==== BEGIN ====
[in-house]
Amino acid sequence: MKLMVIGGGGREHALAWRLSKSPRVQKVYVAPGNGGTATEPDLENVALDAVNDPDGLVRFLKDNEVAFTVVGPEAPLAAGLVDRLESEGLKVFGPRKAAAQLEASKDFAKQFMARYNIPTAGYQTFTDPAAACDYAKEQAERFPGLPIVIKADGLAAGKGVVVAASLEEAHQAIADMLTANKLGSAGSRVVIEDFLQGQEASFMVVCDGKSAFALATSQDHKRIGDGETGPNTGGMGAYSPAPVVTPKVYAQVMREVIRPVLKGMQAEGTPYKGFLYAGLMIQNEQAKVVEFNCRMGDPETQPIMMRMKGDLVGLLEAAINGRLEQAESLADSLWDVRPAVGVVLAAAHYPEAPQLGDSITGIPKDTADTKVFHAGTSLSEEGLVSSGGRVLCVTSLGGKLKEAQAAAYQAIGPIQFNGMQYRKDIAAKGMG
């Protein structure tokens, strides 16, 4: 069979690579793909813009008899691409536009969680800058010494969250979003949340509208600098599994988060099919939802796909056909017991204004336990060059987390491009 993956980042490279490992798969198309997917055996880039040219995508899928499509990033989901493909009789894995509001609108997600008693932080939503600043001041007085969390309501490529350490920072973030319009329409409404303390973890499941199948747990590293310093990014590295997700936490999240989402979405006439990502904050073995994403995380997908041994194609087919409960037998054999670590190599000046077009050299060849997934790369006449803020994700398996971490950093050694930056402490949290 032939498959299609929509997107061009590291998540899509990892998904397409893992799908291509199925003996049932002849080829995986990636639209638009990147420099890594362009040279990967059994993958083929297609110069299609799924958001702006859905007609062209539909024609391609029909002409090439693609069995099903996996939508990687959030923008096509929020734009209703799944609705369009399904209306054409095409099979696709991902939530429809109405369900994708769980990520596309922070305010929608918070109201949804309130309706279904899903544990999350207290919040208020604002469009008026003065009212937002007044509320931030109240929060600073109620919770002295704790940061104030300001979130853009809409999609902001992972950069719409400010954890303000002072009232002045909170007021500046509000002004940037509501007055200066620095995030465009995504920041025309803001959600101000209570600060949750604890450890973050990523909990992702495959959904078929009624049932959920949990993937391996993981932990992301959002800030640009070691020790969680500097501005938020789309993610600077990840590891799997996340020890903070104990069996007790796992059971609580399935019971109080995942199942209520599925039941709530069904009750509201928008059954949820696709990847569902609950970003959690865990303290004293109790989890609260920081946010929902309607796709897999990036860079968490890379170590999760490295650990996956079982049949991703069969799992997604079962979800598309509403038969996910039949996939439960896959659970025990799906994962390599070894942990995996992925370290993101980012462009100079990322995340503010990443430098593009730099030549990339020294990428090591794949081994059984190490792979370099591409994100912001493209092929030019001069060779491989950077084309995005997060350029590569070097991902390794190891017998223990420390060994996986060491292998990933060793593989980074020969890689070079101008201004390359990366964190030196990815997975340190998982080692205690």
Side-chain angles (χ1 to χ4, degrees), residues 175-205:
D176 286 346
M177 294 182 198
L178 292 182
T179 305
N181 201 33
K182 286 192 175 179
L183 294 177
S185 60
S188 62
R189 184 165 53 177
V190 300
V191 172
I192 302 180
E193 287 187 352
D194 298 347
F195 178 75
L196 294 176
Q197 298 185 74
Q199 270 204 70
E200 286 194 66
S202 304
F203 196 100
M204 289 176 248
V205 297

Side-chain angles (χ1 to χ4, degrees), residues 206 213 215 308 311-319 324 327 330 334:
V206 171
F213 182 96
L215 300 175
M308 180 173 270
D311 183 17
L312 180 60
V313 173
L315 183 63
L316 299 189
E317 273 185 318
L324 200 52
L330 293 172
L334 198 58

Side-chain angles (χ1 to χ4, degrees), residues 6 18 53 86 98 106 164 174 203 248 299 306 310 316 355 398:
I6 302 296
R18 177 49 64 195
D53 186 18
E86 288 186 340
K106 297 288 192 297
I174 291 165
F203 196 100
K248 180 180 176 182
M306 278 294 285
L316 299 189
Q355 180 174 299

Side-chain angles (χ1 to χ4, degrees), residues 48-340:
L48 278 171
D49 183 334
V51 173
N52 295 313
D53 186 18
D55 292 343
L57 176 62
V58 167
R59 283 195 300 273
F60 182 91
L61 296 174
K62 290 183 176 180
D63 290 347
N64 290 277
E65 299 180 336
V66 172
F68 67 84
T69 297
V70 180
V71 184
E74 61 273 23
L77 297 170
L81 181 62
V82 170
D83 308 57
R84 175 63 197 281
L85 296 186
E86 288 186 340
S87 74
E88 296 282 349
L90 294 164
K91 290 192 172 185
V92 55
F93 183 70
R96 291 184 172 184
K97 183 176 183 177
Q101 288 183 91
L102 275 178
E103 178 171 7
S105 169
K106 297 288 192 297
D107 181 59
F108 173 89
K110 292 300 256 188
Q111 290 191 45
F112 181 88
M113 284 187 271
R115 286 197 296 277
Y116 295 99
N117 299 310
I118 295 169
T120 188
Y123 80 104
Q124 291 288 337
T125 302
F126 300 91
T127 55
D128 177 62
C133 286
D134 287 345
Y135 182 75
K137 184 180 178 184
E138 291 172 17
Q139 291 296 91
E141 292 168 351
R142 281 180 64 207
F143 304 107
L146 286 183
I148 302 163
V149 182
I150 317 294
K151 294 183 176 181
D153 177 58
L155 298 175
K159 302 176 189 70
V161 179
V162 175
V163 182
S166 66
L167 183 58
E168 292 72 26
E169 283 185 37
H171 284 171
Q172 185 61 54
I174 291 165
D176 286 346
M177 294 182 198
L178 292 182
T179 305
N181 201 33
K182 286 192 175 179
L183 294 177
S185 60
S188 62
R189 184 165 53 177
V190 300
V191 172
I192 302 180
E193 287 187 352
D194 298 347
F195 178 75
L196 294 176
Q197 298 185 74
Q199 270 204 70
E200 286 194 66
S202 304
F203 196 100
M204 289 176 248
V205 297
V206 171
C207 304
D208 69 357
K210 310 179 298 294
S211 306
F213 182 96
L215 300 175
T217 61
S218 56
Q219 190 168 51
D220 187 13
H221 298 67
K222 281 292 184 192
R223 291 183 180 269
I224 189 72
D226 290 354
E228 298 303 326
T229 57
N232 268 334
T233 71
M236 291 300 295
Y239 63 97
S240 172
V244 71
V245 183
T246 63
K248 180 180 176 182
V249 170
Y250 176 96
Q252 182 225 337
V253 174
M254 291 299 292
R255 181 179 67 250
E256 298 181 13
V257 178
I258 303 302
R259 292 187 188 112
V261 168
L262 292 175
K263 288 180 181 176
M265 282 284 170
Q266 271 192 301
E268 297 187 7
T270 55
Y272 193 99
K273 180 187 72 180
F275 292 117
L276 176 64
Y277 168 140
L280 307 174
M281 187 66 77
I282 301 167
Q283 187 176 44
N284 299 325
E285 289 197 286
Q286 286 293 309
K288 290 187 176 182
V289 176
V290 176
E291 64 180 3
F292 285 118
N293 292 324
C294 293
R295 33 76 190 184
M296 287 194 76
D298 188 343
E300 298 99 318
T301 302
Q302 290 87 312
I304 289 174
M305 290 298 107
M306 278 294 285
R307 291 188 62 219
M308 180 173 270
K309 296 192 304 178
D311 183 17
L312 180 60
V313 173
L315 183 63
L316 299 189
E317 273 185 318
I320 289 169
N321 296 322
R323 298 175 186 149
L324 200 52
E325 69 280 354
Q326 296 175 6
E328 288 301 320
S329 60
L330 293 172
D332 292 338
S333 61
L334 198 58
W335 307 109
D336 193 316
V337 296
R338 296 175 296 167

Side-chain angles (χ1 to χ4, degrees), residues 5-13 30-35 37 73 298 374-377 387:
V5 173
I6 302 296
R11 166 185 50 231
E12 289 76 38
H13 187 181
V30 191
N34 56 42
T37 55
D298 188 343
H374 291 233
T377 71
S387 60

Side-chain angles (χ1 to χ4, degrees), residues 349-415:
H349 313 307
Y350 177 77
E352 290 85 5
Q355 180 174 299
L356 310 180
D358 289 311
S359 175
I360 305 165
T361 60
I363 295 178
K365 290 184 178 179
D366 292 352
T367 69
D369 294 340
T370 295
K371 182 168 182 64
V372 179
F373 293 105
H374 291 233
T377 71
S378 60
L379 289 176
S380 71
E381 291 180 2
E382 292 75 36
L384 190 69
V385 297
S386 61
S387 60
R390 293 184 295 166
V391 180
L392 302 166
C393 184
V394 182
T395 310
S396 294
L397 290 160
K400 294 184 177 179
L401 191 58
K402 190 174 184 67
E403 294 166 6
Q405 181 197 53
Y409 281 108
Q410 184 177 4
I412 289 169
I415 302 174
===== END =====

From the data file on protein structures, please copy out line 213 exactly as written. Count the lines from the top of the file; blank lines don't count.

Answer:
Y277 168 140